The COVID-19 pandemic is sparking physical, digital and ideological migrations, as urban-dwellers head for the hills, Boomers invade TikTok and Gen Zs reexamine American values.
One of the lasting marks of COVID-19 on Generation Z will be their physical displacement. When millions of college students were abruptly kicked out of their college dorms, it sparked a mass migration back to childhood bedrooms across the nation.
“The adjustment is hard,” said Christina, 22, who’s pursuing her master’s degree in Chicago, but now finds herself quarantined at her family home in Minnesota. Many Gen Zs told us they’re grappling with what feels like a step backward in their journey towards adulthood, as they return to a life of chores, curfew, family dinners and sibling rivalries. “The most difficult thing for me is being in the environment where it would usually be my time to relax and enjoy everyone around me, but now I can’t,” said Hannah, 20, who’s back to sharing a room with her teenage sister. Teens and twentysomethings are finding themselves relying on parents again, rather than earning more independence as is typical for their life stage. “My relationship with my parents has changed because we’re all kind of in survival mode. My mother is always reminding me to be ready for anything,” said Christian, 16.
Experts say Gen Z’s forced migration home could have a long-lasting impact on their education and earning potential. One higher education trade group predicts a 15% drop in college enrollment nationwide, due to students who never return to school as well as those who never start.
Many graduating high school seniors now say they’re considering taking a gap year before starting college. Some colleges, including Hampshire College in Massachusetts, are planning for a 2021 academic calendar that will allow students to cycle in and out of remote learning if coronavirus comes and goes.
Many Gen Zs may find themselves moving in and out of their parents’ homes several more times over the coming years. The lucky ones will be those who leave at all: the financial impacts of the 2008 recession lingered so long that 20% of Millennials were still living with relatives a full decade later. For the Gen Zs that do return to college, many will likely choose schools that are closer to their hometowns so they can live rent-free and, in some cases, support family members whose finances were upended by the pandemic.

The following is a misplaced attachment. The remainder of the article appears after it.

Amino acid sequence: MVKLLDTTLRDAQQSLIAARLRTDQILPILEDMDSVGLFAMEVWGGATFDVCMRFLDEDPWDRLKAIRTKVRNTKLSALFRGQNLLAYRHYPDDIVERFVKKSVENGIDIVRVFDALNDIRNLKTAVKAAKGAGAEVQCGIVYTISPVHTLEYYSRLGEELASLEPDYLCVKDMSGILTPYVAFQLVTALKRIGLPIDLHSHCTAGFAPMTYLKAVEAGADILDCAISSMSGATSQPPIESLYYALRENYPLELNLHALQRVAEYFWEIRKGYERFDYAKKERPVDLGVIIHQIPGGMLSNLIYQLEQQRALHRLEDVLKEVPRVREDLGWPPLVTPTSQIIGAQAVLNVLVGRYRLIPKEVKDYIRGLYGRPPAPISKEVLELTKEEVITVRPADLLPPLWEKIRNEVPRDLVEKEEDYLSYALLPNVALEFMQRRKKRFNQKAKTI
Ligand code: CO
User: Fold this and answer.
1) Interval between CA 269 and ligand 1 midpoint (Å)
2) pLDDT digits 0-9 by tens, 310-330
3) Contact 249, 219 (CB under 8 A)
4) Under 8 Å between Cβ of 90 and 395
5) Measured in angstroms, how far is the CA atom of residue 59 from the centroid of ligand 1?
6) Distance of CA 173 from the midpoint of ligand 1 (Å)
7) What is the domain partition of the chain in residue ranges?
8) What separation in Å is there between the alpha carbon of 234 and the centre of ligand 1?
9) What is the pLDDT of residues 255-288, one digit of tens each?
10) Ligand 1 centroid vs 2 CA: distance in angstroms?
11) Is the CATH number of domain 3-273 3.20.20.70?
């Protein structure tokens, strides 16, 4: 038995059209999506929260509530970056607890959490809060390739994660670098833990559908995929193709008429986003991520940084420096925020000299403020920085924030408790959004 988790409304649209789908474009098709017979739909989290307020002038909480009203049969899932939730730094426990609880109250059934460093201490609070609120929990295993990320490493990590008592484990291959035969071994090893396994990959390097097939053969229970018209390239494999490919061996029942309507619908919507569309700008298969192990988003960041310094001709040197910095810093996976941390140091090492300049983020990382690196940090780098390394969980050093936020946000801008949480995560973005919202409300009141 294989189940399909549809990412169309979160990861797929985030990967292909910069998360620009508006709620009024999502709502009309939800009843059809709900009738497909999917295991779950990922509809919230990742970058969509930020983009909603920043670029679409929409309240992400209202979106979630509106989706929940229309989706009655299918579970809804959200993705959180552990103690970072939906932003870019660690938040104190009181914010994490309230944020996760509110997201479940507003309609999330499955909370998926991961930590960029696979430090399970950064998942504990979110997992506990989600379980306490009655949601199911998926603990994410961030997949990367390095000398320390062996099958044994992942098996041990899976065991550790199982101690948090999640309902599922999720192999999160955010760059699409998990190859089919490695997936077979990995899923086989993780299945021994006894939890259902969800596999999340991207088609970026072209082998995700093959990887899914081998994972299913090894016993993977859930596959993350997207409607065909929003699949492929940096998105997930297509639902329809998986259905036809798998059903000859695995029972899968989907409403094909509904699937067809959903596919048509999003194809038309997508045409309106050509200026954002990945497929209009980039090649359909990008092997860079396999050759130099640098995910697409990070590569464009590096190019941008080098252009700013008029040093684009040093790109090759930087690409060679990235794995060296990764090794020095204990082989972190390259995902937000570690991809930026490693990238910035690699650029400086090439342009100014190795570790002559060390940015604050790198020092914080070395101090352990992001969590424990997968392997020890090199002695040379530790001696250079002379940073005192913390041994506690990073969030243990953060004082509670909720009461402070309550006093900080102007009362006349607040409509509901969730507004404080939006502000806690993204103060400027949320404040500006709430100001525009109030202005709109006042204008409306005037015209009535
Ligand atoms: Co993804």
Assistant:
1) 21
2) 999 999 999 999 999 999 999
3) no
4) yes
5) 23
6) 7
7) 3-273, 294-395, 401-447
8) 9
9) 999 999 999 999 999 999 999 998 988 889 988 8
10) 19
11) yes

Of course, Gen Zs aren’t the only folks who are physically relocating due to COVID-19. Gen Xers and Millennials in their 30s and 40s are returning to their family homes, many with kids in tow, to hunker down with older parents. Hundreds of thousands of urban-dwellers have fled to more rural areas for the perceived safety of wide-open spaces (putting rural hospitals, grocery stores and broadband at risk of total collapse). People who own rental and vacation properties have flocked to these second homes amid bans on short-term rentals. Hell, animals are even reverse-migrating back to their natural habitats now that the tourists are gone (coyotes, bobcats and bears are reclaiming Yosemite National Park, for example).
Young people who want to break into creative fields have typically moved to large urban centers, but there’s some indication that this could change. Older Gen Zs had already been joining Millennials in more affordable mid-tier cities, such as Tucson, AZ; Raleigh, NC; and Columbus, OH—and the pandemic will likely accelerate the pull of smaller metro areas. Many Gen Zs have already fled dense urban coronavirus hot spots, and now wonder if cities are viable long-term—at least without rent stabilization or major downsizing. “I’ve been thinking a lot about finances, what spending is necessary, where I can be saving, and what I should cut back on,” said Savanna, 23, who recently fled New York City for her hometown of Minneapolis. “I moved to the city to grow, learn and just be independent. I feel like I was forced to take this ginormous step back.”
We could see cities become cultural vacuums after the pandemic, as young people flee to places where life has more ease—and fresh air for social distancing. Already, Gen Zs say suburban sprawl has its appeal compared to a shared micro-apartment with roommates. (Realtors in Boston have already seen an uptick in first-time homebuyers looking to purchase just outside the city.) And who’s to say what will be left of cities after this anyway? New York City is expected to face a revenue shortfall of up to $10 billion, Los Angeles county will lose $1 billion in sales tax revenue this year, and no one knows how many of the small businesses that keep urban life vibrant will shutter. City life may not have the same draw after all of this.
I moved to the city to grow, learn and just be independent. I feel like I was forced to take this ginormous step back.